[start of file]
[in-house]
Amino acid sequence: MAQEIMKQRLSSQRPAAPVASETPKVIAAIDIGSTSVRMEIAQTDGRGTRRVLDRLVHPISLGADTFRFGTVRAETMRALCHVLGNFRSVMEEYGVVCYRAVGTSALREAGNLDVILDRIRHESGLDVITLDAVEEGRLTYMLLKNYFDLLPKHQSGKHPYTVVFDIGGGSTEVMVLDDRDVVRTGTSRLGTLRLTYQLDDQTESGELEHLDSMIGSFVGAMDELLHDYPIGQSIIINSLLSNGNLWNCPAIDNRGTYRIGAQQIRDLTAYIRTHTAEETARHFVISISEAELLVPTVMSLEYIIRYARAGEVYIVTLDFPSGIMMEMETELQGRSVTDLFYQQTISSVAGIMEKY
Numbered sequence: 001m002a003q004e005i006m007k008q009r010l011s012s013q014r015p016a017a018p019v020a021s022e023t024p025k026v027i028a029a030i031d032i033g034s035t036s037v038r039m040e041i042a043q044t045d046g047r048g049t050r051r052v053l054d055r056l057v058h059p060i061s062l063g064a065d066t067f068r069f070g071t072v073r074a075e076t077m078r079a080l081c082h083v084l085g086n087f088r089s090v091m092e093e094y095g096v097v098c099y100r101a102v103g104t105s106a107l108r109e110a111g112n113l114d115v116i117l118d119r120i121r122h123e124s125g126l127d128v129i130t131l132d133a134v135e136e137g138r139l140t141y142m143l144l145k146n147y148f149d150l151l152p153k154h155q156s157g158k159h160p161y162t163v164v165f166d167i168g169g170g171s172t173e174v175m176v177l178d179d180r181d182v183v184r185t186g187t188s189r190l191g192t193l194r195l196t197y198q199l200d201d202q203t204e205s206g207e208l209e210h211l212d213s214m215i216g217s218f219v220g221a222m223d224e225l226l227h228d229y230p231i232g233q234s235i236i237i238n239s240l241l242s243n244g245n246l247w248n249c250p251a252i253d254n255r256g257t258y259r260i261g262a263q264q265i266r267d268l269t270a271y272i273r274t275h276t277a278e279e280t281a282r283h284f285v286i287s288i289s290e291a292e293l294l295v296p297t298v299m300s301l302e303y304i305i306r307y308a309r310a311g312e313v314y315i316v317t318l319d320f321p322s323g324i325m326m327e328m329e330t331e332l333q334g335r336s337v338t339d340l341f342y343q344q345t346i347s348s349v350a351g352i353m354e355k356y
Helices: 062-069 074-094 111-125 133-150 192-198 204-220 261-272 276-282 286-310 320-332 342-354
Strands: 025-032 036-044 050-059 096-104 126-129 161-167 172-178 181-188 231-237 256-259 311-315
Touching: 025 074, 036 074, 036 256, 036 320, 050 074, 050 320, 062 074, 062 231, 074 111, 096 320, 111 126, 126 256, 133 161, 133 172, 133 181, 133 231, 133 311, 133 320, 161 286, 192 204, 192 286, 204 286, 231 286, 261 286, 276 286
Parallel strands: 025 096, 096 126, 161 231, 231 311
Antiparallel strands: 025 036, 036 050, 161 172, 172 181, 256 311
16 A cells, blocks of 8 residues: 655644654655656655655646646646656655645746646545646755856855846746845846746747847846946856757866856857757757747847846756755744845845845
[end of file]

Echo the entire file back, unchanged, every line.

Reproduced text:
[in-house]
Amino acid sequence: MAQEIMKQRLSSQRPAAPVASETPKVIAAIDIGSTSVRMEIAQTDGRGTRRVLDRLVHPISLGADTFRFGTVRAETMRALCHVLGNFRSVMEEYGVVCYRAVGTSALREAGNLDVILDRIRHESGLDVITLDAVEEGRLTYMLLKNYFDLLPKHQSGKHPYTVVFDIGGGSTEVMVLDDRDVVRTGTSRLGTLRLTYQLDDQTESGELEHLDSMIGSFVGAMDELLHDYPIGQSIIINSLLSNGNLWNCPAIDNRGTYRIGAQQIRDLTAYIRTHTAEETARHFVISISEAELLVPTVMSLEYIIRYARAGEVYIVTLDFPSGIMMEMETELQGRSVTDLFYQQTISSVAGIMEKY
Numbered sequence: 001m002a003q004e005i006m007k008q009r010l011s012s013q014r015p016a017a018p019v020a021s022e023t024p025k026v027i028a029a030i031d032i033g034s035t036s037v038r039m040e041i042a043q044t045d046g047r048g049t050r051r052v053l054d055r056l057v058h059p060i061s062l063g064a065d066t067f068r069f070g071t072v073r074a075e076t077m078r079a080l081c082h083v084l085g086n087f088r089s090v091m092e093e094y095g096v097v098c099y100r101a102v103g104t105s106a107l108r109e110a111g112n113l114d115v116i117l118d119r120i121r122h123e124s125g126l127d128v129i130t131l132d133a134v135e136e137g138r139l140t141y142m143l144l145k146n147y148f149d150l151l152p153k154h155q156s157g158k159h160p161y162t163v164v165f166d167i168g169g170g171s172t173e174v175m176v177l178d179d180r181d182v183v184r185t186g187t188s189r190l191g192t193l194r195l196t197y198q199l200d201d202q203t204e205s206g207e208l209e210h211l212d213s214m215i216g217s218f219v220g221a222m223d224e225l226l227h228d229y230p231i232g233q234s235i236i237i238n239s240l241l242s243n244g245n246l247w248n249c250p251a252i253d254n255r256g257t258y259r260i261g262a263q264q265i266r267d268l269t270a271y272i273r274t275h276t277a278e279e280t281a282r283h284f285v286i287s288i289s290e291a292e293l294l295v296p297t298v299m300s301l302e303y304i305i306r307y308a309r310a311g312e313v314y315i316v317t318l319d320f321p322s323g324i325m326m327e328m329e330t331e332l333q334g335r336s337v338t339d340l341f342y343q344q345t346i347s348s349v350a351g352i353m354e355k356y
Helices: 062-069 074-094 111-125 133-150 192-198 204-220 261-272 276-282 286-310 320-332 342-354
Strands: 025-032 036-044 050-059 096-104 126-129 161-167 172-178 181-188 231-237 256-259 311-315
Touching: 025 074, 036 074, 036 256, 036 320, 050 074, 050 320, 062 074, 062 231, 074 111, 096 320, 111 126, 126 256, 133 161, 133 172, 133 181, 133 231, 133 311, 133 320, 161 286, 192 204, 192 286, 204 286, 231 286, 261 286, 276 286
Parallel strands: 025 096, 096 126, 161 231, 231 311
Antiparallel strands: 025 036, 036 050, 161 172, 172 181, 256 311
16 A cells, blocks of 8 residues: 655644654655656655655646646646656655645746646545646755856855846746845846746747847846946856757866856857757757747847846756755744845845845